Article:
The last vehicle I bought cost me $6,000. per year for the five years I owned it, which included purchase price, maintenance and repairs, and minus the money received when I disposed of it to obtain the current vehicle.

The current vehicle I leased is exactly the same price of the previously described vehicle. The lease includes all maintenance / full warranty for the 3 year period (longer, actually) and my payments equal the same $6,000. per year. I felt like if I'm paying $6,000. for a vehicle per year anyway, I might as well do it with a minimal amount of hassle. The residual, if I decide to keep the car, is such that it would cost me the same $6,000. per year if I were to buy it and move on to another vehicle at the end of 5 years. I'm thinking that for the same $6,000. per year I'll probably be leasing again.

I viewed the lease as having the added benefit of allowing me to use the vehicle for the same cost as buying for 3 years and making sure its not a lemon. Kind of a free vehicle "put" if you will. And another benefit was that I didn't have to put up the full cost up front, leaving the "purchase price" invested allows dividends to make a handful of lease payments for me, making my yearly cost slightly lower.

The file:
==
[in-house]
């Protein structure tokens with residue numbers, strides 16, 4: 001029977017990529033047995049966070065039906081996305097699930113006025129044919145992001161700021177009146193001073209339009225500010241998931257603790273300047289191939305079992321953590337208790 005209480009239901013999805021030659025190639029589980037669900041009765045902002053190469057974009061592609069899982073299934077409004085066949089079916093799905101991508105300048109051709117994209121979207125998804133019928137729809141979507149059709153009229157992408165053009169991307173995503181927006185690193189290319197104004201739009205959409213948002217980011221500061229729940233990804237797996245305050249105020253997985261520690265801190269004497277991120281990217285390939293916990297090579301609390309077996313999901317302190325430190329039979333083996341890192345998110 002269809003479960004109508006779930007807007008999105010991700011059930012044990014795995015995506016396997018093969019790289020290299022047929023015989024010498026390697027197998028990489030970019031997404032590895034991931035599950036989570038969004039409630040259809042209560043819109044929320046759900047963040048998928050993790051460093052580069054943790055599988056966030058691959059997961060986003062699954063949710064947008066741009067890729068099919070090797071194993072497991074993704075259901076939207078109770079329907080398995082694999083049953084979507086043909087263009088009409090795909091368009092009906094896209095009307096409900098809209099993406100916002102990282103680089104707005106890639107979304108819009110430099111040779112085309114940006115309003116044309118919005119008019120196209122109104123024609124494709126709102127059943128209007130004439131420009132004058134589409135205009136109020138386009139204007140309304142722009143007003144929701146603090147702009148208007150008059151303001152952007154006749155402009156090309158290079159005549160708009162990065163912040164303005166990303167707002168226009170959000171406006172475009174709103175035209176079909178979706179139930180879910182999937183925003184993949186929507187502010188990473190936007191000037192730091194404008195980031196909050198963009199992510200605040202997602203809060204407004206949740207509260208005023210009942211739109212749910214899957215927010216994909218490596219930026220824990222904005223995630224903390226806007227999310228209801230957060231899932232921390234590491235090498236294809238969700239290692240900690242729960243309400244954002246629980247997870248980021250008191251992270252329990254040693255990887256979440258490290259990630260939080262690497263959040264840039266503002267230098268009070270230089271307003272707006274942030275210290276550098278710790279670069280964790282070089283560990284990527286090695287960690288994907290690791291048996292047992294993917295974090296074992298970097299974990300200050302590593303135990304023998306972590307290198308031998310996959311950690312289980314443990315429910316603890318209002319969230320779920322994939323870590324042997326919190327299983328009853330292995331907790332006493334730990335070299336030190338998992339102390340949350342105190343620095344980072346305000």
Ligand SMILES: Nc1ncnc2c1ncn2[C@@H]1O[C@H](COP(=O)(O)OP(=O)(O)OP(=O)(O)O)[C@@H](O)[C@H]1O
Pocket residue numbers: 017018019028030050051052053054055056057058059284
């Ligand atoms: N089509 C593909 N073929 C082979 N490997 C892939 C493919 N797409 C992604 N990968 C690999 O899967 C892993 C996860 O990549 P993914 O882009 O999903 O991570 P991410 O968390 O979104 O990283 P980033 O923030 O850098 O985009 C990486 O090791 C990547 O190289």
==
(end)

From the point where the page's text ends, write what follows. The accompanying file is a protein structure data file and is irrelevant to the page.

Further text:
I know the experts say leasing is a losing proposition, but in my case it's cost was a wash and it avoided some reliability headaches for me. I'm happy with my decision.
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Old 02-10-2014, 03:19 PM   #44
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Yea, they lose a little on every sale and make it up on volume.
Like they always say: "There's a butt for every seat"..........

Now you are: "Bustin' bugs and burnin' gas"........

Most important: "Happy Wife, Happy Life"..........
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Old 02-10-2014, 03:25 PM   #45
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We bought a car this year through a Penfed / True Car link, with 0.99% financing and a "great" car price, at least according to the True Car graphs.
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Old 02-10-2014, 04:01 PM   #46
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We bought a car this year through a Penfed / True Car link, with 0.99% financing and a "great" car price, at least according to the True Car graphs.